Anyway…Here are some final thoughts on the Olympics so far:

- How frustrating must it have been as an American swimmer this year? “Hey, you just won an Olympic medal so…what’s it like to see Michael Phelps win eight gold ones?” or “Good job setting that World Record in the relay…what would you have felt like if you had lost the gold medal for Michael Phelps?” or “Congratulations on being one of the best swimmers in the world…can you get me Michael Phelps’ autograph since he is so much better than you?”

Honestly, I couldn’t believe how dismissive many of the interviews were toward the other swimmers. Especially the relays - where they would have all four guys standing there after the race answering questions about Michael Phelps. I felt bad for the other guys but I also felt bad for Phelps. Somehow I think he’ll come out of it okay (the $100 million earnings projection will help) but it’s got to be difficult being on a “team” when the focus is so squarely on one person. But until he wins gold by swimming all four legs of the relay – let’s maintain some appreciation for the other athletes okay?

- Usain Bolt is a scary guy. He’s 6’5” and has a beautifully athletic running style but I am very nervous about him. Well, I should actually say that I am nervous about almost all Caribbean sprinters as they dance away with an overwhelming majority of the speed-related hardware – with nary an off-season drug test to disrupt their preparation or celebration.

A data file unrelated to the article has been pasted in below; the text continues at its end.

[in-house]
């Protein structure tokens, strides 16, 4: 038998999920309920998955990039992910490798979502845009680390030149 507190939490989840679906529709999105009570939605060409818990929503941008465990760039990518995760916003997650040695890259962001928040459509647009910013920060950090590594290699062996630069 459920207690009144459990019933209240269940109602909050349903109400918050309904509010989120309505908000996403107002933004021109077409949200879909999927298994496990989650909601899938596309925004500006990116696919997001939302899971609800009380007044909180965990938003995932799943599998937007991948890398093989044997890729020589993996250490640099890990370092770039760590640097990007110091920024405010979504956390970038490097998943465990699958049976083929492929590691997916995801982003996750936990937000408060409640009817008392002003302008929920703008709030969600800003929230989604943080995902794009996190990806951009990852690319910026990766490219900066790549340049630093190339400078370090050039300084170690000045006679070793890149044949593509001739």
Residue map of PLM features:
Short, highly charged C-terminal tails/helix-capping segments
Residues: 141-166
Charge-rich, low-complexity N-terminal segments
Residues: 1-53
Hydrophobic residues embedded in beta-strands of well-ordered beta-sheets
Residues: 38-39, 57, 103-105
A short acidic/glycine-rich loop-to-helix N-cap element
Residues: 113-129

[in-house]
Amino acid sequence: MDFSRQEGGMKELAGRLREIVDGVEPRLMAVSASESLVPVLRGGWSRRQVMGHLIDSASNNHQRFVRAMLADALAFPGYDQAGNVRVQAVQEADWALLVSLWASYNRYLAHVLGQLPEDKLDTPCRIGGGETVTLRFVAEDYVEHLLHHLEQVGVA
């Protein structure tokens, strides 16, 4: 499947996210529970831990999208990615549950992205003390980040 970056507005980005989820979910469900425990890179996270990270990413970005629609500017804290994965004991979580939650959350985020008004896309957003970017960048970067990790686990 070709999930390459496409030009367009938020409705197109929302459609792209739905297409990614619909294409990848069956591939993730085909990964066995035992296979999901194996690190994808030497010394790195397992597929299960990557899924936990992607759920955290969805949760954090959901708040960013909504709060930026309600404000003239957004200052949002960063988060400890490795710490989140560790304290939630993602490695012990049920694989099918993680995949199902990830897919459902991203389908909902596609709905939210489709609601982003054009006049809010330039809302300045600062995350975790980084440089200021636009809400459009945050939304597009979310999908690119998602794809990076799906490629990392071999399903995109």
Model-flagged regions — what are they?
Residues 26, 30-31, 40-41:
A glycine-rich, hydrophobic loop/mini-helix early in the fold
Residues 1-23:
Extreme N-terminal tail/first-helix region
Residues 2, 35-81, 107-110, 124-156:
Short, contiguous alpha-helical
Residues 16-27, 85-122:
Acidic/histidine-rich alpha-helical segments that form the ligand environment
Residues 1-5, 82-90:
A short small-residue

But Bolt in particular is terrifying. The ease with which he mocked the 100m World Record was eerily reminiscent of a young Italian athlete who did some shocking things in the Tour de France a month or so ago. What was his name again…Ricky something? Anyway, the Lightning Bolt then proceeded to crush the 200meter World Record and immediately occupied a place atop my “I don’t know about this guy” list by dethroning my main man Michael Johnson in the record book and displacing Carl Lewis as the most recent 100 and 200 winner. Sorry man, I hope you’re clean but you just punked two of my favorite athletes of all time so…let’s just say my curiosity has been piqued.

Plus – the showboating and post-race foolishness (seriously, who poses like that? Tyra?), combined with an apparent total lack of humility or respect for any other athletes (past or present) has been a bit difficult to tolerate and has not exactly endeared the young man to my particular tastes. Or Jacques Rogge’s for that matter. When the notoriously lenient IOC Chief starts dissing you in public – perhaps you’ve stretched the boundaries of sportsmanship a little too far.